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KTP Making Success The Norm

By Bunmi Aina

Gallaudet’s Keeping the Promise Program (KTP) began in the spring of 2008 as a pilot program designed to address retention issues concerning black deaf males. It has since expanded to serve black and Latino students of both genders. Nationally, black and Latino college students are statistically among the lowest-ranked in terms of degree conferment. KTP is a successful initiative by Gallaudet that is gradually changing this picture.

Over the past three years, KTP has recorded retention rates in excess of 90 percent for KTP participants in both programs for both black deaf students (KTP-B) and Latino deaf students (KTP-L). “Last year, we recorded a 97 percent retention rate for KTP-L participants; enabled Latino students to bond with their peers through a range of activities including a leadership retreat, developed the skills needed to navigate a predominantly white university; and offered academic skill-building workshops,” said KTP Latino Program Coordinator Delia Lozano-Martinez.

She added that the KTP-L Program recorded 88 percent of Latino participants with a GPA of 3.0 or better, and a 59 percent increase from 2007-08 record when the KTP-L did not exist. “At the end of that period, three Latino students graduated. Then, last May, 16 Latino students graduated. I am excited about the prospect of another immensely successful year,” said Lozano-Martinez.

KTP-B Program Coordinator Arthur Everette had the following to say: “Since breaking ground on KTP-B, we have had an approximate average of 97 percent retention rate, and 100 percent of graduating seniors successfully exiting from the program with their degrees in the past three years. This is a tribute to KTP-B and the University faculty.” Everette is also proud to point out that job placement for graduates who have been in the KPT-B Program has also been commendably high. “The bonding, cultural education, and academic exercises we provide have impacted the preponderance of our participants to continue their education because we intentionally provide a culturally-rich environment which research shows to be a powerful source of agency for black students.”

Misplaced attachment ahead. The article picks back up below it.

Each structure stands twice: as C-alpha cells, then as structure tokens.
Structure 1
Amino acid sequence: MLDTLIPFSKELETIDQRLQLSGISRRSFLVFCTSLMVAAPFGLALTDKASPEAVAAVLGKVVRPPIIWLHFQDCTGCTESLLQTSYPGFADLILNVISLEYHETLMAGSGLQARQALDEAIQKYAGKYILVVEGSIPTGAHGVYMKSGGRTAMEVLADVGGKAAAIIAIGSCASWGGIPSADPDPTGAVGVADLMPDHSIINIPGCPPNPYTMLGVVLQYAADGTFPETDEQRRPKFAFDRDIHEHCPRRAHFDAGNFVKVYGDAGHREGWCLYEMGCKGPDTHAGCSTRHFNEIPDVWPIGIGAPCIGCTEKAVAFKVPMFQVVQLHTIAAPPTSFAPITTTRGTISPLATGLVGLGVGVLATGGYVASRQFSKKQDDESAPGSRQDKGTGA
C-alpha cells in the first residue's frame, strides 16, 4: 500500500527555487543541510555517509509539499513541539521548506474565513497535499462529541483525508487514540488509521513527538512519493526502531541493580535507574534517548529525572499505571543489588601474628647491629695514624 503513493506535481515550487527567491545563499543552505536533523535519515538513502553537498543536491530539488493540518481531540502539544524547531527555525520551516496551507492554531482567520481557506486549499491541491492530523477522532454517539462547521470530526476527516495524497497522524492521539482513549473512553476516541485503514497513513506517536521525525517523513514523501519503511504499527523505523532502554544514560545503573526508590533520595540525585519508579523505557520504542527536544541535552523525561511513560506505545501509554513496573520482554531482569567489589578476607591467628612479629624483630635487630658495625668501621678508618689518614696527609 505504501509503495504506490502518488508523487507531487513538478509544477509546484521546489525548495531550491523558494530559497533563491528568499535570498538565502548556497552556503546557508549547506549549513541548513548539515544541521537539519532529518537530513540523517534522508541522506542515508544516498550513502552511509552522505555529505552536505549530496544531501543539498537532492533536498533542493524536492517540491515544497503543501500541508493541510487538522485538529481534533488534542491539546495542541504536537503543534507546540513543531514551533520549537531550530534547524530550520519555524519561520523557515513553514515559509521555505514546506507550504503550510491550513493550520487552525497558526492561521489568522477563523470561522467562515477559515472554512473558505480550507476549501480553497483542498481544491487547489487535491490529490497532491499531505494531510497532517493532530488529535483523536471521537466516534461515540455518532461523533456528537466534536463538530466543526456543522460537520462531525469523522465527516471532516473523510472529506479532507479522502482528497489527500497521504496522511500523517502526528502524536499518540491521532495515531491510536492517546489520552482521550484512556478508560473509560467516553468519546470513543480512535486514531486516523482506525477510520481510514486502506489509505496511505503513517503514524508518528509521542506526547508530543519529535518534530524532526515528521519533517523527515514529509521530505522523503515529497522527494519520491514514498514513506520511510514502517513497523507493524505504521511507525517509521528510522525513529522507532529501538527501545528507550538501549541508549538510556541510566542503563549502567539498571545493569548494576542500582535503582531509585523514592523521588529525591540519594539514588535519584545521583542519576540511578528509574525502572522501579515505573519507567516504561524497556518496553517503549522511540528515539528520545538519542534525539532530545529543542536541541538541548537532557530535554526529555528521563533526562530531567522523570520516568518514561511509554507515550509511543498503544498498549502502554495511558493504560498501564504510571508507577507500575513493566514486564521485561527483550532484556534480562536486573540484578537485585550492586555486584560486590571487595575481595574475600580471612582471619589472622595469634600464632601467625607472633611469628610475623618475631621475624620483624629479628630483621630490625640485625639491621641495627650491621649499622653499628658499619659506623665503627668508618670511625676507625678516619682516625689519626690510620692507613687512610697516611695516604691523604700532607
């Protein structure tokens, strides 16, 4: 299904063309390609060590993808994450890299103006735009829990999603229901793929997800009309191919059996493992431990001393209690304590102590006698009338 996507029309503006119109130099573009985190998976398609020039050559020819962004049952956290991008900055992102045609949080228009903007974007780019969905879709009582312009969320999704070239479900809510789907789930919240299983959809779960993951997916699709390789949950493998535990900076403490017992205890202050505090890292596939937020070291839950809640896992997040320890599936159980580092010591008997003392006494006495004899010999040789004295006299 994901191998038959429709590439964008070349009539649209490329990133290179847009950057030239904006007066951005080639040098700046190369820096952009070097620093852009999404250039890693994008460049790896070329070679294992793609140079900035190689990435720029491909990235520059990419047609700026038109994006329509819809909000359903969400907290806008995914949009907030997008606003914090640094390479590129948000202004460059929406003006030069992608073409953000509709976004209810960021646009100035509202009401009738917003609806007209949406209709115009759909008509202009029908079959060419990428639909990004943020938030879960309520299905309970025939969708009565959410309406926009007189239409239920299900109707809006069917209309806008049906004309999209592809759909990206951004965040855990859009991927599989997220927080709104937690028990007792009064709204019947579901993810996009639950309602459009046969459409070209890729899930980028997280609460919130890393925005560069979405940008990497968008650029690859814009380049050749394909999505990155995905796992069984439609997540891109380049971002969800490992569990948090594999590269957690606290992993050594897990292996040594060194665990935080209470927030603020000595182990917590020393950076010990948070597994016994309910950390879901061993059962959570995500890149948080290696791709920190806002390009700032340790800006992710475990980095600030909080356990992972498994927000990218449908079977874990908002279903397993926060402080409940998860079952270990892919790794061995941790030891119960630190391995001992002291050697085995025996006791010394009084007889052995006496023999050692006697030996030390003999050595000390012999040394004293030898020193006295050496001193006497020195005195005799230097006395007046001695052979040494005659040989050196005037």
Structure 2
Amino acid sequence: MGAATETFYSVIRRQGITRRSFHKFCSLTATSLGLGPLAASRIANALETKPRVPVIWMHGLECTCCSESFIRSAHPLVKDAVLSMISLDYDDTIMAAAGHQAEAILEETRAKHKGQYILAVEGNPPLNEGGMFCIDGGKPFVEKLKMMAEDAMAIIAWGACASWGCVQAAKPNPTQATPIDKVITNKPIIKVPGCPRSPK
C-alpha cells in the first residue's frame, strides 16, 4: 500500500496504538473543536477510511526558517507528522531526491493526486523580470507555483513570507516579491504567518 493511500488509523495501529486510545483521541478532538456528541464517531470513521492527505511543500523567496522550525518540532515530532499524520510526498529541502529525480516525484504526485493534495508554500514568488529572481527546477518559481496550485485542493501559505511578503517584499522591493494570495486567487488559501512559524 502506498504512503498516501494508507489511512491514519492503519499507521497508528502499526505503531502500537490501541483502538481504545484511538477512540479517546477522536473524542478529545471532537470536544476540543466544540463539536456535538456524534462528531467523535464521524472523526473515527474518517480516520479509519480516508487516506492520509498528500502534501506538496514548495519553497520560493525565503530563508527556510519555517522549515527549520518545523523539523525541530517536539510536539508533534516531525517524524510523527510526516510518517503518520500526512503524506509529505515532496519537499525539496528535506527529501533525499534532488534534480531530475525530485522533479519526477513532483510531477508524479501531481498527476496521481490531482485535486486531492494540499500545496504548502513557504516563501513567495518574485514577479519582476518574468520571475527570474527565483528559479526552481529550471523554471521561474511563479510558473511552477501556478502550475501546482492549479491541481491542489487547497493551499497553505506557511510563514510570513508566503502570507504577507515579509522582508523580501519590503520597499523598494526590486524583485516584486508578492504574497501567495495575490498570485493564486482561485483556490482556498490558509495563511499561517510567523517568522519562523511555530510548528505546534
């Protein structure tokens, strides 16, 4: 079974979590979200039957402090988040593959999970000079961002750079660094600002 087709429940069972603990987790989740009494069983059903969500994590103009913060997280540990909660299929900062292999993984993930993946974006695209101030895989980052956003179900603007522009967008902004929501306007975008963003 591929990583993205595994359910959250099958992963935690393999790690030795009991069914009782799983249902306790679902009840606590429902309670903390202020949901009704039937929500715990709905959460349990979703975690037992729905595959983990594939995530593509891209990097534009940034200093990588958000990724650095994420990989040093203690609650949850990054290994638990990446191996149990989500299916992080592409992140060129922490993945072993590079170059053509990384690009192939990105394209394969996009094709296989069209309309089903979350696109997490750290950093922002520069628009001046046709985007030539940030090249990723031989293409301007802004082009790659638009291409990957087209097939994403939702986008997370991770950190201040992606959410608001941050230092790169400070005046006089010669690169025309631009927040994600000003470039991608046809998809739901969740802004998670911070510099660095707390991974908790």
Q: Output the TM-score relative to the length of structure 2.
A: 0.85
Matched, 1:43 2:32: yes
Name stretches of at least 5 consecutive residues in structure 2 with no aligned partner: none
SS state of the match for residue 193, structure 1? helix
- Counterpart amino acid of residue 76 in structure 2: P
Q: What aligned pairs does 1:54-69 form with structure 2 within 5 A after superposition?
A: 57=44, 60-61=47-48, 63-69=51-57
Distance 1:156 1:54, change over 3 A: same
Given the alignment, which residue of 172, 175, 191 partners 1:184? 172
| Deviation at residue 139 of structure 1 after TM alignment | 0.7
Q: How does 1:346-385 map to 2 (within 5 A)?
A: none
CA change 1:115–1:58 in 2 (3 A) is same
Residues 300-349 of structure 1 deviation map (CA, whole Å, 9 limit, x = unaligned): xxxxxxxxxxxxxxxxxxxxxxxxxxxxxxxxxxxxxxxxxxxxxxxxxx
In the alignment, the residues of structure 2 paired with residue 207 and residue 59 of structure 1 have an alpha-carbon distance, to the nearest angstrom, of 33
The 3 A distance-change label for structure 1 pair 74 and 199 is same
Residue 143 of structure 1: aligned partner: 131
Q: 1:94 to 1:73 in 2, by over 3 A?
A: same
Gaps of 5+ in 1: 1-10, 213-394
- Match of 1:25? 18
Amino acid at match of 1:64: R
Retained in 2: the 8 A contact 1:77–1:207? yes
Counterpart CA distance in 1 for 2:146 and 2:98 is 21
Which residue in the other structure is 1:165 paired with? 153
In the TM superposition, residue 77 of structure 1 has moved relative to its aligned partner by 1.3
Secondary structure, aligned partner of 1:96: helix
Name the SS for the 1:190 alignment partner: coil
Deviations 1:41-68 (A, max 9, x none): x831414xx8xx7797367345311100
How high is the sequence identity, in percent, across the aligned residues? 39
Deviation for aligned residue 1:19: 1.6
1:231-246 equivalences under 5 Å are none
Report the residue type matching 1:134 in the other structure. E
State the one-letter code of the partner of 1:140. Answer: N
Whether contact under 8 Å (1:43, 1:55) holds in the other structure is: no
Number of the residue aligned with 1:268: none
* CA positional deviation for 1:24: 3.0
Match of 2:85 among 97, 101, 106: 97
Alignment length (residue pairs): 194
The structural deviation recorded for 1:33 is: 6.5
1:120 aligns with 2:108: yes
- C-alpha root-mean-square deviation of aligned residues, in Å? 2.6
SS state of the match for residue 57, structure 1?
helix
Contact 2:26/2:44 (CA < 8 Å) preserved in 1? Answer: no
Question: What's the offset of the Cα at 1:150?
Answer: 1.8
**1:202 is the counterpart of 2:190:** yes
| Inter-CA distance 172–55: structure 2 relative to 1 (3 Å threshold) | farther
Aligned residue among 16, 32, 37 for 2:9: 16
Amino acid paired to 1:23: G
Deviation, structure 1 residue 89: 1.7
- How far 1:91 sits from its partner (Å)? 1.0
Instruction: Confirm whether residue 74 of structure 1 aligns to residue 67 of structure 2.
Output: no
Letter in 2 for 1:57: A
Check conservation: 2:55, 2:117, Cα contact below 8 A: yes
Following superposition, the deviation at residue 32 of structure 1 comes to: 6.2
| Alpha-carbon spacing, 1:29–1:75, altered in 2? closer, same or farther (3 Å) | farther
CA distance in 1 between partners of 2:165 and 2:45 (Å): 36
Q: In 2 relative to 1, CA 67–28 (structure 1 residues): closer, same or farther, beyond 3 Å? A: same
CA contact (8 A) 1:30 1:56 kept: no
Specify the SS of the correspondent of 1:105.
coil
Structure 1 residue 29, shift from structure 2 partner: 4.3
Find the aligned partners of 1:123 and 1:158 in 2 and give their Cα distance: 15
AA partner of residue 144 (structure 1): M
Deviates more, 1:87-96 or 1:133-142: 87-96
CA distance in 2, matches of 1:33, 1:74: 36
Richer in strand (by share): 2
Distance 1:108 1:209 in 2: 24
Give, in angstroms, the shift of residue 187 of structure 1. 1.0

Everette said that during the program’s first year, three black deaf males graduated; the second year, that number rose to six, and last spring it increased to nine. “I am looking forward to more of those successes and to working with our new crop of collegians with excitement.”

The KTP Program is open to all enrolled black and Latino students.

Pictured above at the reception are (from left): back row—Alexis Reyna, Mayra Fernandes, Gil Estrada, Carlos Cambre, Nathalie Maple, Jennifer Chibueze, Felicia Williams, Jessica Diaz, Kevin Williams, Drake Williams, Victoria Tejada, AJa Lyons, Denette Ligon, Julia Wallace, Mercedes Hunter; middle row–Jonathan Soto, two unidentified visitors, Kristy Ramos, Maria Castaneda, Karina Reyes, LeToudjida Allara, two unidentified visitors, Erika Baylor, Dr. Ann Powell, associate provost for Diversity and Equity; front row–Jose Cuautle, Arthur Everette II, KTP coordinator for black deaf students, Jose Hernandez, Nathalie Pluviose, Delia Lozano-Martinez, KTP coordinator for Latino deaf students, and ‘Bunmi Aina, KTP director.

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